In past years, travelers have tended to flock to Asia to visit the white sand beaches of Thailand, the bustling cities of China, and the cultural sights of India. I’m happy to see, however, that other Asian destinations are becoming increasingly popular. From the temples of Cambodia to the vibrant cities of Taiwan, there are now so many countries in the continent that are worth visiting; however, I’m here to make a case for Sri Lanka! For a somewhat small island, the country has so much to offer that it can be hard to know where to start. I hope my suggestions help you to build your dream bucket list and make the most of your time on the island.
1 | The Kalpitiya Peninsula
North of the capital, tourists tend to skip the Kalpitiya Peninsula and head straight to the popular resorts on Negombo Beach. Please don’t make the same mistake! Check out the peninsula’s Alankuda Beach for incredible dolphin and whale watching opportunities, particularly between November and April. I also spent a day exploring Bar Reef, Sri Lanka’s largest coral reef. I was pleasantly surprised by how straightforward it was to catch a boat from the mainland and organize a diving experience among tropical fish, manta rays, turtles, and even sharks.
2 | Colombo
Despite its status as Sri Lanka’s capital, Colombo city isn’t particularly popular among tourists and that’s exactly what I loved about it. I think the most authentic experience was strolling around the streets of the Colombo 11 district. The city’s oldest area has tons of street markets, such as Pettah Market, where I ate some of the best food during my whole trip.
3 | Tea Plantations
One of my favorite things about going on vacation is having the opportunity to go outdoors and get away from my office desk. That’s probably why I instantly fell in love with Sri Lanka’s Hill Country. Exploring the region’s tea plantations was first on my bucket list. I’d highly recommend the Amba Estate for the chance to try delicious blends and enjoy amazing views over the Baddegama Hills. Red Dot’s Tea Estate, meanwhile, is an organic producer, not far from the town of Ella. The latter was definitely my favorite, and my pre-booked tour enabled me to visit the factory, try my hand at hand picking tea leaves, and take part in a delicious tasting session.
4 | Yala National Park
This 1,260-square-kilometer park is the most popular in the country, despite the fact that only around one fifth of the entire area is open to the public. Having said that, I found this was more than enough to keep me busy! I camped overnight and ate dinner around a barbecue, before spending an entire day taking in the most breathtaking natural beauty I’ve ever seen. It’s best to organize a safari if you want to see animals like leopards, sloth bears, and, my favorite, the Asian elephant.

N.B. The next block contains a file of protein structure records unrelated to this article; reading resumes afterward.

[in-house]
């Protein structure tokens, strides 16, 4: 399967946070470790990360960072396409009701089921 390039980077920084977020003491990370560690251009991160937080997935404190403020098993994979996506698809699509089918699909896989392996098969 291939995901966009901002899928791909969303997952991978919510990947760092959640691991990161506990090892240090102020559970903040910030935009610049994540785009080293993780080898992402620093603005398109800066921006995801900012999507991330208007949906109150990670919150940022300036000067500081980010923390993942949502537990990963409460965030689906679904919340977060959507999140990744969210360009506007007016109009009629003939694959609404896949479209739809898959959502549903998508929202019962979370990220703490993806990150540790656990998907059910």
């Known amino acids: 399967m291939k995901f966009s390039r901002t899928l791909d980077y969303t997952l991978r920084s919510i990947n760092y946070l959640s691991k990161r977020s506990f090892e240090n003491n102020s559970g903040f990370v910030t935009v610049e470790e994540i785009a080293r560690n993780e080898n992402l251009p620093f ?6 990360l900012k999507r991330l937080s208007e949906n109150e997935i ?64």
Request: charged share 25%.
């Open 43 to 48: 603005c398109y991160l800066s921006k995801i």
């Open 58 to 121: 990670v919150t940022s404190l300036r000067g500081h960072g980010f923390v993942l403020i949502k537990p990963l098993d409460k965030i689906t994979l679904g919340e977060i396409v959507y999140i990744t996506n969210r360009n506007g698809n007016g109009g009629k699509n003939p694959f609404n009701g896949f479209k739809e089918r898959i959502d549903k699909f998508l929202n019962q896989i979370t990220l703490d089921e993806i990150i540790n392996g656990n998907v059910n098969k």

5 | Hiking Routes
Some of my favorite, and the most challenging, hiking routes in Sri Lanka were in the center of the island. As the name “Hill Country” suggests, this region has a ton of treks to choose from. I personally didn’t take on the famous and sacred Adam’s Peak, but I heard great things! I instead chose to visit Horton Plains National Park, home to the country’s second and third-highest peaks. There’s also plenty of wildlife, including deer, leopards, bears, monkeys, and more. If you’re afraid of heights, stay away from the park’s main landmark, the World’s End. Here, the path comes to an abrupt end, followed by a sudden 1,000-meter drop!
6 | Galle
The walled city of Galle was perfect for a history buff like me. I really enjoyed walking along the 17th-century Dutch walls, before exploring the vibrant neighborhood around the Galle Fort. Once you’ve had enough of the city, you can easily reach beach areas like Unawatuna, which is particularly popular among surfers. However, there’s no need to take to the waves if don’t feel like it. There are plenty of bars and restaurants where you can simply kick back and relax, as well as lots of fantastic snorkeling opportunities.
7 | The Secluded North and East
Travelers tend to stick to the pristine resorts of the West, or the expansive national parks of the South. I totally understand their decision; with large hotel complexes, international restaurants, and English-speaking tour guides, these regions are easy to explore and pretty ideal for more cautious travelers.
Having said that, it would be a real shame to miss out on the incredible and peaceful beaches of the East coast, particularly around Trincomalee. The North, meanwhile, offers a ton of cultural sights. Jaffna, for example, hosts colorful Buddhist and Hindu temples, while the Jaffna Peninsula has incredibly tranquil islands.
8 | The Cultural Triangle
This fascinating area lies to the North of the Hill Country. I was truly fascinated by the range of cave temples, such as Aluvihare and Dambulla. The former marks the spot where Buddha’s teachings were first put into writing, while the latter was once used as a royal refuge. I was also stunned by the Sigiriya Rock Fortress, which was built on a huge rock in the fifth century. Although I know nothing about engineering, I could instantly tell this sight was really something. The way the ruins precariously sit on top of the rock, with such a sheer drop, is so impressive (and terrifying)!